- The Pension Scams Industry Group (PSIG) has launched an interim practitioner guide outlining key steps a pension practitioner should undertake when assessing a pension transfer.
- Under the current regulations introduced in November 2021 where a scheme has concerns members can be referred to MoneyHelper for guidance. If there are clear red flags the scheme can refuse the transfer.
- There have been differing interpretations around the industry which meant transfers were being referred to MoneyHelper even when scam risk was low.
- The guide clarifies the situation around discretionary transfers and navigating instances where a red or amber flag may exist, and so should speed up genuine pension transfers.
- Key areas covered are ‘clean lists’, overseas investments, statutory and discretionary transfers.
Phil Warner, head of regulatory development and policy at Hargreaves Lansdown:
“Understanding scheme rules followed by proportionate and effective due diligence is vital in ensuring that potential scams are highlighted early while helping those transfers with a low scam risk to go through quickly. It really shows what we can achieve as an industry when differing views are united by a common aim to do the right thing for pension savers. We are really pleased to have been able to contribute to clear industry guidance on how pension providers can help protect their members from pension scams without unnecessarily delaying genuine pension transfers”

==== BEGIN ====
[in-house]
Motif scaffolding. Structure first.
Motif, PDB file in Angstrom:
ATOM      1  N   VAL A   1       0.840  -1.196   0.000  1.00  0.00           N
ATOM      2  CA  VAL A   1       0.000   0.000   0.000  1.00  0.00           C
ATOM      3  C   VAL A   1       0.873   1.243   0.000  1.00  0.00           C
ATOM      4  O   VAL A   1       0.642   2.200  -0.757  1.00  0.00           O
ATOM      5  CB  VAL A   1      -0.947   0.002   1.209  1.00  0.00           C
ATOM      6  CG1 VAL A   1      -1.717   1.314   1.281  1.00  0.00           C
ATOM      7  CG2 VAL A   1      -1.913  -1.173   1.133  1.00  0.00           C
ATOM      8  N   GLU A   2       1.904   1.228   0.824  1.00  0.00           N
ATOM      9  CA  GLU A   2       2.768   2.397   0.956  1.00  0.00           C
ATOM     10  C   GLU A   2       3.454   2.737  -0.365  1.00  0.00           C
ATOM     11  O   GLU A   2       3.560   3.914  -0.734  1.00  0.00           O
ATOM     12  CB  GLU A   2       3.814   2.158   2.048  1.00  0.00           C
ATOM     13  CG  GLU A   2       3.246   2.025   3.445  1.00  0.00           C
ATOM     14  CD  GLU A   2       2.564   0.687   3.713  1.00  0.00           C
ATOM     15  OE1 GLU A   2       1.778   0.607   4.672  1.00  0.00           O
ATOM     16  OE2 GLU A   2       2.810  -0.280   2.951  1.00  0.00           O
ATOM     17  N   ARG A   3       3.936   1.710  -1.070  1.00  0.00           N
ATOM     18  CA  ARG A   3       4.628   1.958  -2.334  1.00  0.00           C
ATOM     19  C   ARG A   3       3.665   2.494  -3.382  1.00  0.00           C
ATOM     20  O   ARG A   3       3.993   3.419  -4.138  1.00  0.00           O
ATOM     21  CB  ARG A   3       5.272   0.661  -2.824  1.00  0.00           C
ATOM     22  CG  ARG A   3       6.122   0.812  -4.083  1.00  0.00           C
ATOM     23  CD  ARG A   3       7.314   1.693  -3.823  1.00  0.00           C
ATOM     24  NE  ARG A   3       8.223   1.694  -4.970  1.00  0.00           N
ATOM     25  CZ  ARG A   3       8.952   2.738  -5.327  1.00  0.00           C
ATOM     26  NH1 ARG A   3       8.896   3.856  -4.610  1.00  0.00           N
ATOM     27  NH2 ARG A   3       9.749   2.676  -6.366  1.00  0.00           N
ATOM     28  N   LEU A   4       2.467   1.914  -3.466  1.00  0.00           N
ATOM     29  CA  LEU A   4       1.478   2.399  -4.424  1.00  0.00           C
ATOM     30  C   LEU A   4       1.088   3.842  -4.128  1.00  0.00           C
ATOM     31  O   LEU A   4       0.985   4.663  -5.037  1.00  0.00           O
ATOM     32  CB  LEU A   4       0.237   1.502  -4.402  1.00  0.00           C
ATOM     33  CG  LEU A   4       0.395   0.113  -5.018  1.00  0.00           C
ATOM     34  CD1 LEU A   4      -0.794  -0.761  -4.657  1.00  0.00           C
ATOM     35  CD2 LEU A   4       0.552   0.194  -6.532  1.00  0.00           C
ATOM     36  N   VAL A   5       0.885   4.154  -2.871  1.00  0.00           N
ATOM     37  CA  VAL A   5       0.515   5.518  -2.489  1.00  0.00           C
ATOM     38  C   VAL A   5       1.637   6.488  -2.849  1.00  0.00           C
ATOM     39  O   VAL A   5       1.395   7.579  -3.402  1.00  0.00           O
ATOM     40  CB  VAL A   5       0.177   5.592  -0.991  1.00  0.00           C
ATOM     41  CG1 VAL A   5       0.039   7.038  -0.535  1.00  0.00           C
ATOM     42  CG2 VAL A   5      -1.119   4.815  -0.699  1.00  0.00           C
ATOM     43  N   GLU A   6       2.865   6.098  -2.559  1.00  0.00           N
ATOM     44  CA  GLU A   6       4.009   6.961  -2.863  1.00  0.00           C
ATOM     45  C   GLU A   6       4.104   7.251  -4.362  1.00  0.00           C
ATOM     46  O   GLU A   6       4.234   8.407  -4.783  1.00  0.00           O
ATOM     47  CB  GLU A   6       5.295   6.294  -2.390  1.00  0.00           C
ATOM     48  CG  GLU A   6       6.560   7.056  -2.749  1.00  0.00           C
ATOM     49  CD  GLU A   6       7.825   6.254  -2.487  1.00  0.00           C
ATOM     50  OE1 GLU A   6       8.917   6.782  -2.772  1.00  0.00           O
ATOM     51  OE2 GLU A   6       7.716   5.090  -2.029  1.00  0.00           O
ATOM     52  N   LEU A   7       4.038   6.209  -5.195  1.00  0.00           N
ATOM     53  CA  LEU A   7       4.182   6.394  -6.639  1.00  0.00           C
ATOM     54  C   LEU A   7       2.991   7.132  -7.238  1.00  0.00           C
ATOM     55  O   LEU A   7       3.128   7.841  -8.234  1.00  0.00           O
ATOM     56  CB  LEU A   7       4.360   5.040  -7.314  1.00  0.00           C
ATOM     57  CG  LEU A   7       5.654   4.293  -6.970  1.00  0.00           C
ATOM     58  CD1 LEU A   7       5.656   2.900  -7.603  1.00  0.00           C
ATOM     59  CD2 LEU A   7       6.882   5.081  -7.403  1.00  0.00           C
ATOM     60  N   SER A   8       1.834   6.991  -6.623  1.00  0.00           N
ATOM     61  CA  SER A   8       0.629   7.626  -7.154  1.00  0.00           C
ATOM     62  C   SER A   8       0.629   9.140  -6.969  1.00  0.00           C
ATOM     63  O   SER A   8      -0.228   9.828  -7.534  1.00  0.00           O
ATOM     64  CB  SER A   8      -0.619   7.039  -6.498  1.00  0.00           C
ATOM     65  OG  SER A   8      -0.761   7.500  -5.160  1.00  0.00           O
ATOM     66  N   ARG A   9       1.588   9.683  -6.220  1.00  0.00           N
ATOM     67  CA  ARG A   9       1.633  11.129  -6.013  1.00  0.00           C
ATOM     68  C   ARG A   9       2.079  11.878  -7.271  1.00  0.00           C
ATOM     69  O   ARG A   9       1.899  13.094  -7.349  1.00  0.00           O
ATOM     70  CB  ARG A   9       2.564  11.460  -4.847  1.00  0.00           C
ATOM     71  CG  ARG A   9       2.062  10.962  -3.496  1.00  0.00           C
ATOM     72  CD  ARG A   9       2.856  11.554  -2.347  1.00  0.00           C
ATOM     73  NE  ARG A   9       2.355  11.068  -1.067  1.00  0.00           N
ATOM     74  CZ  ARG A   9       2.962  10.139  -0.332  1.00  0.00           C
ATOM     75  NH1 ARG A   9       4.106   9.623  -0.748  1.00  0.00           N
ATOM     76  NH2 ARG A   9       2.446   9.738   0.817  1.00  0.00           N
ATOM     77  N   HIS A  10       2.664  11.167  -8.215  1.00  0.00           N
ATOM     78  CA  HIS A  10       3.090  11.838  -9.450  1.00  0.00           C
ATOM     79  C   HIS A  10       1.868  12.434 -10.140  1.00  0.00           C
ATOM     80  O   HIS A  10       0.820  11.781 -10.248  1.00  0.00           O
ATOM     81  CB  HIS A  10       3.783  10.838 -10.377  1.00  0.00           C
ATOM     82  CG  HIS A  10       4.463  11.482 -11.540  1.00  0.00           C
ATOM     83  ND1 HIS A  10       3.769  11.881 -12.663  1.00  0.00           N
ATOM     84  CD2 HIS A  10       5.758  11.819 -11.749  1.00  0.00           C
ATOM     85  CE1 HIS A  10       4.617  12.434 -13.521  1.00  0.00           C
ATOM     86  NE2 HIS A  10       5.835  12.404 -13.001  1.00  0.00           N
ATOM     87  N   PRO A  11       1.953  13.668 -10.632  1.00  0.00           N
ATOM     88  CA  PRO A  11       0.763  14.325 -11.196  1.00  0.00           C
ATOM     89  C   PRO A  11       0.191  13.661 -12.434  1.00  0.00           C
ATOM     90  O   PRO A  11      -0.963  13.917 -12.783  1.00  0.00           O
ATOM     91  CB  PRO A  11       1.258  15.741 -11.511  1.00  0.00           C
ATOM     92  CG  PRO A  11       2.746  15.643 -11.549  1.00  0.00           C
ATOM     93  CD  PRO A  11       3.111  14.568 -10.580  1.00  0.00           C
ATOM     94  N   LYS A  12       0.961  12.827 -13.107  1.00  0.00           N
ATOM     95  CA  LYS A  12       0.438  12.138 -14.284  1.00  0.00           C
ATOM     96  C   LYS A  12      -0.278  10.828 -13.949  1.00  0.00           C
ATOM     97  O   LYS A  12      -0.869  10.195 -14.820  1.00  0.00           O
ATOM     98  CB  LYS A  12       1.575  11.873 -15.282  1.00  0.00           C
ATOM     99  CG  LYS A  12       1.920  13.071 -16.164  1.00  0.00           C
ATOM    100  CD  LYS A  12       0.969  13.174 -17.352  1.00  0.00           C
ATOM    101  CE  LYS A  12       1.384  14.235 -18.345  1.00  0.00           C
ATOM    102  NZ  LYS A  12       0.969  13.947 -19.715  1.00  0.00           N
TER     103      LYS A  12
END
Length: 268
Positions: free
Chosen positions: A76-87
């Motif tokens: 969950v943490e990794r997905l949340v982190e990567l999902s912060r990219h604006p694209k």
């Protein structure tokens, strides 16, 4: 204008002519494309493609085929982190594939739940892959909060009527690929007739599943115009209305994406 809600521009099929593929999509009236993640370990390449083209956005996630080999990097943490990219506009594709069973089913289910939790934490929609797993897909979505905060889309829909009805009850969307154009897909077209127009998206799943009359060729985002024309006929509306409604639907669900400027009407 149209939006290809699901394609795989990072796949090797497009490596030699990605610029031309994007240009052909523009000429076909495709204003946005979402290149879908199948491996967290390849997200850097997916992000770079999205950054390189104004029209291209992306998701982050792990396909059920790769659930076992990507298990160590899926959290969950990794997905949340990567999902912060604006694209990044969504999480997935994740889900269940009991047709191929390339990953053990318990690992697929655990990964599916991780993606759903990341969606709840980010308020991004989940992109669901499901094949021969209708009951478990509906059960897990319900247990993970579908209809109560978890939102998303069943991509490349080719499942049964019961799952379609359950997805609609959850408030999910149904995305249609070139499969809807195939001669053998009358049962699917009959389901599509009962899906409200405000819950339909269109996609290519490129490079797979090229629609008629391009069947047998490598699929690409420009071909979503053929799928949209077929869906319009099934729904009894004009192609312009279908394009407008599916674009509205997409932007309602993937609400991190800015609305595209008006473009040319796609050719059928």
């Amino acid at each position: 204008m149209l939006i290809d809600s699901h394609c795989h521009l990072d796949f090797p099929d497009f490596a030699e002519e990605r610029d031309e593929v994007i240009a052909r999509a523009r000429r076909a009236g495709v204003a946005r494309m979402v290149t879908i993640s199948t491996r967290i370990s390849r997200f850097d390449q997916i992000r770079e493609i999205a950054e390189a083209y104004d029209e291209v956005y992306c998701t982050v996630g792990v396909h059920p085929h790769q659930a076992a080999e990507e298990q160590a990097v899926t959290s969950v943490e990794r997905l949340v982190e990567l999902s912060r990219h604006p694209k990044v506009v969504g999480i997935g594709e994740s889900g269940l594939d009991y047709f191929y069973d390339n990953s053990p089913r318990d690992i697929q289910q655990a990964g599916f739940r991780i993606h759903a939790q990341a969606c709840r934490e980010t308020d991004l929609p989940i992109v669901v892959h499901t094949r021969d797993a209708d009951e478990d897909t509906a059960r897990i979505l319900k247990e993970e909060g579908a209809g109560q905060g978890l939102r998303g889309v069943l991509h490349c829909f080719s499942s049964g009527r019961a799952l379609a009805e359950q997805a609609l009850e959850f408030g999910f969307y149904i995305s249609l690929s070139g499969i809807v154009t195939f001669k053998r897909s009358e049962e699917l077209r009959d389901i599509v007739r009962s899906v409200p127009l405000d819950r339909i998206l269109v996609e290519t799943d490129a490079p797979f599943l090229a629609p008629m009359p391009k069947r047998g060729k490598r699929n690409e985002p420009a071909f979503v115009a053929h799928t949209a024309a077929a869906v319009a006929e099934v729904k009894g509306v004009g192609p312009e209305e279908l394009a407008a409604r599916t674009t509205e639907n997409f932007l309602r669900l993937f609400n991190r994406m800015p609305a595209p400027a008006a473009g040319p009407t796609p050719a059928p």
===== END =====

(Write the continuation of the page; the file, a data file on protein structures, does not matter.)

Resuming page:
Helen Morrissey, head of retirement analysis at Hargreaves Lansdown:
“The 2021 regulations are a powerful tool in the fight against scammers and this guide brings further clarification around the processes providers need to go through to keep their members safe. With robust due diligence the vast majority of transfers should go through without delay, but differing interpretations of the rules have led to some transfers being referred to MoneyHelper even when the scam risk is extremely low.
This guide provides clear and practical guidance that ceding schemes can incorporate to ensure those with the ability to make discretionary powers are not blocking or delaying transfers unless there are genuine pension scam concerns.”